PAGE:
Taking into account the amount of functionality provided by the application modules versus the functionality of the wrapper modules, the effort to be spent to design, implement and test the application modules is much lower compared to the effort spent for the wrapper modules. First, modeling and code generation of modules requires less effort than designing and coding modules. However to mind is the fact that modeling a module requires more effort than only designing a module. Second, the model-based test of a module, resp. of its corresponding model, proved to require less effort than a conventional module test as well as for the execution of the test cases in the simulation as for the implementation of the test scripts. To test the models, no effort consuming implementation of test driver or test stubs are necessary. However, one point to mind is that the specification of model test cases proved to require more effort than the specification of conventional module test cases. This is, however, not surprising, as the model-based test corresponds to two conventional software verification activities, namely the module test and the verification of the module design versus the architectural design.
If you have to spend typically 50% for design and coding and 50% for test in a conventional development approach, you can decrease the effort of design and coding by 40% and the effort for test by 60%. In total the effort can be decreased by 50% overall for the design, implementation and test of software modules. However to mind is the fact, that module development is only a single phase in the overall software development process.
The static analysis of the model sources of the application modules within SCADE requires significant less effort compared to the verification of the source code of the wrapper modules. The crucial point allowing substituting the verification of the source code by static analysis of the models is the usage of a certified code generator to generate certified code out of the SCADE models.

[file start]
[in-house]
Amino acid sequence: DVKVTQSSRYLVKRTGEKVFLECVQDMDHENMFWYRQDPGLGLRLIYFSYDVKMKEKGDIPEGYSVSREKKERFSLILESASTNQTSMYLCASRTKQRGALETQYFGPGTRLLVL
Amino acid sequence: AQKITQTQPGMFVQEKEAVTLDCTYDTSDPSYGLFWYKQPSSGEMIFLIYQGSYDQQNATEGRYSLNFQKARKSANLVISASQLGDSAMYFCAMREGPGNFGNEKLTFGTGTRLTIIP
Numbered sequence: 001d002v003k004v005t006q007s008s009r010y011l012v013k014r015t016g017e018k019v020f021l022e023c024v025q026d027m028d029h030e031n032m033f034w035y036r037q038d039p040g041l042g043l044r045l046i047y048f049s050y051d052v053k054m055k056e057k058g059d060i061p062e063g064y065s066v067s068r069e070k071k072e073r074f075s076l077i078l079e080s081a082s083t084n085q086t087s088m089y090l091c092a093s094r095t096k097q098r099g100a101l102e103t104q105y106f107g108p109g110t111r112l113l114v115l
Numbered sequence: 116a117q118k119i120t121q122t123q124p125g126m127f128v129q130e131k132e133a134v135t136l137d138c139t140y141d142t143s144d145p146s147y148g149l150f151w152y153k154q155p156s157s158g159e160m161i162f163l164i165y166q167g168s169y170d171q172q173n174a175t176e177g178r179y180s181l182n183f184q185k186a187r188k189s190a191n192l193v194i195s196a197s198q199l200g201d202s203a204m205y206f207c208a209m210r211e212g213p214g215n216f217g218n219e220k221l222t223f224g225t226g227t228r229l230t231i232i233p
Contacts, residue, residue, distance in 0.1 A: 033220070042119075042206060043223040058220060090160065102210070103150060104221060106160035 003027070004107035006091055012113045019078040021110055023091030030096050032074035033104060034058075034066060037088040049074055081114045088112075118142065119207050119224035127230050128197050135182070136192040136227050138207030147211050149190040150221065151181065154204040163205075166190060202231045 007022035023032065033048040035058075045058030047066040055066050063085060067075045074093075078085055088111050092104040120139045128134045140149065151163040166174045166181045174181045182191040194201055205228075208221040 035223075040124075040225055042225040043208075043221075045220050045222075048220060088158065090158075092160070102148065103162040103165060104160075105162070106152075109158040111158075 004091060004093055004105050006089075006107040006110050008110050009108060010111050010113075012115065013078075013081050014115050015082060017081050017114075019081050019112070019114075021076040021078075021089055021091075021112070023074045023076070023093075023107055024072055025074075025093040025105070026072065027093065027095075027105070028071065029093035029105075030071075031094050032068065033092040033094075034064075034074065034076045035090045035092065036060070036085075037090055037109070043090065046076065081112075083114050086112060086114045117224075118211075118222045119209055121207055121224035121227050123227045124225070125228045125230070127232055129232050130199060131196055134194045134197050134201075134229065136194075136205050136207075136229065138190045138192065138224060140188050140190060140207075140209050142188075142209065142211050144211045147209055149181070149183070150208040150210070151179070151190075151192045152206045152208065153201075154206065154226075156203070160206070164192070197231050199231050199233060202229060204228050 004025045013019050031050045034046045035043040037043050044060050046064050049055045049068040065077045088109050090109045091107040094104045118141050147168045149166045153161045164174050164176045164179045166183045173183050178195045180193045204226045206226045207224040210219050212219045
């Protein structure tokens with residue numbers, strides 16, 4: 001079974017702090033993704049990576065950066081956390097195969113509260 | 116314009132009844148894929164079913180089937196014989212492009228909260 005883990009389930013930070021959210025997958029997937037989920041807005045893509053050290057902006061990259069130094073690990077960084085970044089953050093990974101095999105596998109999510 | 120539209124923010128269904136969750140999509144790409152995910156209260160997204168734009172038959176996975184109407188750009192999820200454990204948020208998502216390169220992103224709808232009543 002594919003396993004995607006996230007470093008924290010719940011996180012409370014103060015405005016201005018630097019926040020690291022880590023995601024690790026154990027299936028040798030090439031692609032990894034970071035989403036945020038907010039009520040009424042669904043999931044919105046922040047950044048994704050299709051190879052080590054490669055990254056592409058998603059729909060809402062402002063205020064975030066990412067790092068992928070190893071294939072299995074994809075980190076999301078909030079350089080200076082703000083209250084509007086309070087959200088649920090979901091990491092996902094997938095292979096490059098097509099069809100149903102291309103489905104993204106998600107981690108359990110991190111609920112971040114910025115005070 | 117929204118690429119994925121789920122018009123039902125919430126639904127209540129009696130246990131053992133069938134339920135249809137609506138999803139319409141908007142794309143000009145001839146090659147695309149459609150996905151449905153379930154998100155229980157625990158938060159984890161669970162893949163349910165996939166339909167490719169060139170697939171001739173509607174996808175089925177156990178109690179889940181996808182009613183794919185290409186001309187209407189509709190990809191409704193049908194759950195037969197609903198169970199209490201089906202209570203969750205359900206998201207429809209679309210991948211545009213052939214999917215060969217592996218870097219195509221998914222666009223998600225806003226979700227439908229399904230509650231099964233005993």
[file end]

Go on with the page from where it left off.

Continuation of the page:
The approach adopted, to strictly distinguish between model-based developed modules and conventional developed modules, and to regard in consequence the model-based development and testing techniques used on module level just as clearly outlined components of the overall development and verification process, has proven in use. It led to a transparent and comprehensive development and verification strategy, which is vital for a SIL-4 project.
To enable judgment about the quality of model based development, different aspects have to be considered:
In this paper, we presented experiences and lessons learned made regarding the application of model-based development and testing techniques for a safety-critical railway protection system of level SIL-4. The model-based testing approach could be applied successfully for the model test of the application modules. The effort for design and test was much lower compared to the conventional module test for the hardware related wrapper modules programmed in C. This statement is taking into account the amount of functionality of these modules. The model test can be seen as a single but very important part of the software verification strategy applied with a clearly defined scope and role. Overall we could prove that approximately 50% of design, implementation and test of software modules can be saved comparing to a conventional software development approach increasing in parallel the quality of the software.
The project has been supported by the Informatik Consulting Systems AG (ICS AG).